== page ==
It's raining when we get into Nadi airport. We left Rarotonga at 23.59 Friday night. The flight lasts 3 and a half hours. We arrive at 2.30am, Sunday morning. Damn this international date line business. We haven't arranged accomodation. We're really tired. We decided before we left Rarotonga that we'd try to find somewhere to crash but if we couldn't we'd hang artound until day break then head for the beach. Luckily, the minute we're in baggage reclaim there's a huge board with all variety of accomodation and free phones to use. We call the closest hotel, Raffles Gateway, which is across the road from the airport and find they have rooms available for about £25 and they'll pick us up (to drive us about 200 metres!) outside.
After a good nights sleep we wake up to find the weather's still pretty bad. We'd been advised to get out of Nadi as quickly as possible. Its a pretty dingy town with lots of street hawkers trying to entice you into their shops. We wander back to the aiport to investigate the numerous travel agents who sell packages out to the islands. Fiji has 330 islands, predominantly volcanic in origin. Vitu Levu is the largest Island (Nadi is on the west coast of this island). We were suprised to read that, out of a total population of 825,000 people, 45% are Indian. When Britain ruled Fiji from 1875 they brought Indian labour to work on the sugar plantations (now the largest industry in Fiji). Fiji became independent in 1970 and the Fijians and Fijian Indians maintain very seperate traditions.
We spoke to couple of fairly pushy travel agents, all eager to sell us their package deals. We managed to escape to go through the various leaflets and work out our options.
We're too late to get the boat to the islands, so we catch the bus to Natadola beach, about 50km from Nadi, the most beautiful beach on the mainland. From the bus we jump into the oldest, crappest taxi in the world, and are dropped at the gate of the village. Villagers soon appear, and ask us who we are looking for. They take us to Asieri, who shows us our hut and bed for the night. It's actually his hut, but tonight he's sleeping in the shop. We head for the beach, under instruction to be back for 4pm for afternoon tea (a Fijiian institution.) It's cold on the beach. Sarah beats me at backgammon. We come back. Walking along the old railway tracks back to the village we meet 3 or 4 groups of villagers. They all stop us in our tracks, loudly greeting us with "Bula! Bula!" (welcome.) They all want to know everything about us...where we are from?, how long are we staying in Fiji?, is it our first time?, what do we think of the village? It's totally genuine, and completely charming.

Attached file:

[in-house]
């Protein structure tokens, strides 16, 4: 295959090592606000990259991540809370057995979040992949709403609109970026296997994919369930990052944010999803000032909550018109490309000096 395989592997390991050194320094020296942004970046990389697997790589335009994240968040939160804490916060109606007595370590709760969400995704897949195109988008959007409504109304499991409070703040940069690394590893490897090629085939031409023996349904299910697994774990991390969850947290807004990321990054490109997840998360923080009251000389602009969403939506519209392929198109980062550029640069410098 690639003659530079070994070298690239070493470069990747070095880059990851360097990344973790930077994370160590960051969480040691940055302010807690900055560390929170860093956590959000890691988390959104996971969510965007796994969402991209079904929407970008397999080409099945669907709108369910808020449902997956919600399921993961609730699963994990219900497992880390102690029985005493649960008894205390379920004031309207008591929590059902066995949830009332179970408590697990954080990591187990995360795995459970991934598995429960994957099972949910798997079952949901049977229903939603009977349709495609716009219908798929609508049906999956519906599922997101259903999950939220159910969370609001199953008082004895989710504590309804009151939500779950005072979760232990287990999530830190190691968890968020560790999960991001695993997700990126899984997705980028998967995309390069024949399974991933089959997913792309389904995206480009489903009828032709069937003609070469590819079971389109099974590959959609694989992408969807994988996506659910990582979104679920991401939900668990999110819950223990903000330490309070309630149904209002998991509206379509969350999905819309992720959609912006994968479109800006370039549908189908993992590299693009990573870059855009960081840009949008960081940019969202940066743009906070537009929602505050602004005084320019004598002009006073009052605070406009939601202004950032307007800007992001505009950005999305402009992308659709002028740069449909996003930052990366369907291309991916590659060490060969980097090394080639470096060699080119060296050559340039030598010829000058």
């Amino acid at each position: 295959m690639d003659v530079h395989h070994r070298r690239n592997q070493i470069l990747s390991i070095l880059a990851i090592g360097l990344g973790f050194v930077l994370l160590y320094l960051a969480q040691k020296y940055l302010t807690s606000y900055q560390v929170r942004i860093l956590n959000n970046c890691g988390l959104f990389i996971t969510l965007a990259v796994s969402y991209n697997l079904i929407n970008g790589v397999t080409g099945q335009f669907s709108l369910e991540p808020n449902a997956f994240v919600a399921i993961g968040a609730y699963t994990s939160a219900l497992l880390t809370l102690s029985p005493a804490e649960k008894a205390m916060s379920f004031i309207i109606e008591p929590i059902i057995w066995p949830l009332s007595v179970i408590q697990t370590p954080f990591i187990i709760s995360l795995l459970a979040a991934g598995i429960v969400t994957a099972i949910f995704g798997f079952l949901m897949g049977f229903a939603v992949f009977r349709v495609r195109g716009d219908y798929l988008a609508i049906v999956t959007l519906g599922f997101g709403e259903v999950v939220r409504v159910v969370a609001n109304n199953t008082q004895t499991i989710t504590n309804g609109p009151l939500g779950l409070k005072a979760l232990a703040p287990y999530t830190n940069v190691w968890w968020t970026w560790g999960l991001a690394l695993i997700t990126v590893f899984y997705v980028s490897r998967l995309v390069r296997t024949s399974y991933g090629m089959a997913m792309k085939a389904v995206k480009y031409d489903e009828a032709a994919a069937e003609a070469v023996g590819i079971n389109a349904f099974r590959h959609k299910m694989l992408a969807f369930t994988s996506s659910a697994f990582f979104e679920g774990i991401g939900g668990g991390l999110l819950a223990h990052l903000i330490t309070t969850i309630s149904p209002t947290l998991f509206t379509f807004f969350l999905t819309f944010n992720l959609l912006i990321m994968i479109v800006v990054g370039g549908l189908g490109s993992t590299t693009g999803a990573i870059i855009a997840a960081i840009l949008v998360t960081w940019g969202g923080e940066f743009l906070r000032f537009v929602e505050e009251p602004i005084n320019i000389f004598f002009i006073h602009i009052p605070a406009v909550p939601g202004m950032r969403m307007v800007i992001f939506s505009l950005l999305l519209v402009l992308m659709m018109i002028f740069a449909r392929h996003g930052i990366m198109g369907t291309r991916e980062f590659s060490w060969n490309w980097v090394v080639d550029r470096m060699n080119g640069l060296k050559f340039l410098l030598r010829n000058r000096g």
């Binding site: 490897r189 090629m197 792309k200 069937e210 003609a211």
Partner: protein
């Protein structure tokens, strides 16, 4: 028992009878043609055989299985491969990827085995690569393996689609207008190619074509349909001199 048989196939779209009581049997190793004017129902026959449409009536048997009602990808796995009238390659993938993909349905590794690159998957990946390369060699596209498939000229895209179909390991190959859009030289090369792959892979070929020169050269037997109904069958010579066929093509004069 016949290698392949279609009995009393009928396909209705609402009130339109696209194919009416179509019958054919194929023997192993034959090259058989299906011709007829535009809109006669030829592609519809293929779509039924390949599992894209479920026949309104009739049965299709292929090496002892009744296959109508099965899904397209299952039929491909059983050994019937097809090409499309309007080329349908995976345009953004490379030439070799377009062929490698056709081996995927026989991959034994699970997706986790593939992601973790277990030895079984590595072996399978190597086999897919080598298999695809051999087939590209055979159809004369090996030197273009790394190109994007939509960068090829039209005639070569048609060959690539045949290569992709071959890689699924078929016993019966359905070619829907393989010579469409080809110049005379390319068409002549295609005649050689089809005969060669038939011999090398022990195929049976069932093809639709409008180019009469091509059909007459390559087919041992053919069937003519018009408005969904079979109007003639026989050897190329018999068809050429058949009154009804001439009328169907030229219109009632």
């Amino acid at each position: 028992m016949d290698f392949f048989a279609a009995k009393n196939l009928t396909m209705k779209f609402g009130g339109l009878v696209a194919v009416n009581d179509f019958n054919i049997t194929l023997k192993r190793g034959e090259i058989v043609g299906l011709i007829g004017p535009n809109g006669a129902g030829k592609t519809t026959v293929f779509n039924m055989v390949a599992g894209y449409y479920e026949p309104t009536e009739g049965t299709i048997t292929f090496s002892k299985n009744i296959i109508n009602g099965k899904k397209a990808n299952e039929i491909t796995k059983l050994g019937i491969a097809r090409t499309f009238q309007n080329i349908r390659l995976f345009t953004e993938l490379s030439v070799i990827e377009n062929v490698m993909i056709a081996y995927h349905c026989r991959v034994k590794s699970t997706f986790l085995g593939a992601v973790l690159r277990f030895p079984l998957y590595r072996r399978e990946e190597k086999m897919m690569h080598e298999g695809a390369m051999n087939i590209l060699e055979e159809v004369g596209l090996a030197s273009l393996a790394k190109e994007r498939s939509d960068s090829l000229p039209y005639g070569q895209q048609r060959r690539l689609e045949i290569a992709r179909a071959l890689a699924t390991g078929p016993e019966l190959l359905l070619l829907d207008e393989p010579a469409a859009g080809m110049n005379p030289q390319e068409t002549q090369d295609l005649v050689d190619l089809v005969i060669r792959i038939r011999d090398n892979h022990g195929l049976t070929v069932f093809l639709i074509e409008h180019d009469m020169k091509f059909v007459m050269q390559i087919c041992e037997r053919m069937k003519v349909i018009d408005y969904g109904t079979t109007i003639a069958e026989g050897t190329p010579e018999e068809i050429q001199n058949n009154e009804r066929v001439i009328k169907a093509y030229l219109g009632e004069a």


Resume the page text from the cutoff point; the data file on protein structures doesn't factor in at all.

After the worst, weakest tea ever "Yes yes, it's very nice", accompanied by a pile of bread and butter, we are instucted to go and rest (resting is very important in order that visitors train themselves quickly to run on 'Fiji Time', codeword for 'whenever I feel like it'. We sleep. Dinner is a peculiar combination of instant noodles and corned beef. There is enough food to build a new wall in the hut. Our host is insistent that we "eat lots". We look scared. Sarah cleverly does her "I'm a girl" thing. I eat, and eat, and eat. The pile of noodles never goes down. Every 2 minutes our host puts her head round the door and commands me to "eat more." Later on that evening, we are invited to drink Kava with some of the men of the villagers. Kava is made from powdered roots mixed with water, and the drinking of it is a big deal in Fiji. After a few bowls I am definately feeling a bit wibbly-wobbly, though it could have been the noodles.
Early the next day we head back to Nadi, and from there on to Lautoka to catch our boat to the islands. We are to stay in Waya Sewa, part of the Yasawa Group of Islands to the North West of Vitii Levu. The boat trip is truly horrible. The last time I spent such a horrendous 90 minutes was at Stamford Bridge.
The island is tiny, and consists of 3 villages. Many of the Fijian Islands are little more than expensive resorts, taken over by a hotel complex, charging huge prices, and promisiing an authentic Fiiji experience. By the pool. Now, I am not saying that what we did was better than visiting one of these islands. But it was. The resort of Waya Lailai is owned by the villagers. 10 years ago, there was no tourism on the island, and the villagers survived by travelling to the mainland and selling their crops and goods. Times were hard. Now, they have built a bunch of Bure's, 2 dorms, and cater all year round for the tourists. They offer diving courses, day trips around the island, snorkelling, trecking etc...and all the money goes straight back to the villagers. The results can be seen all around the island. New schools, churches and facilities are springing up in the villagers, It's good to know where our money goes.
We spend four days chilling out, meeting lots of world travellers like ourselves, reading, playing beach volleyball and rugby, getting slighty drunk on Fiji beer and soaking uo the sun, sun, sun. It's great. The people are seriously friendly, we enhance our tans, and do things like snorkelling on the reef (really, really beautiful.)
Friday. Time to go back to the mainland. We don't get to say goodbye properly, as the boat is about to go without us. We will miss Waya Sewa.
Next stop New Zealand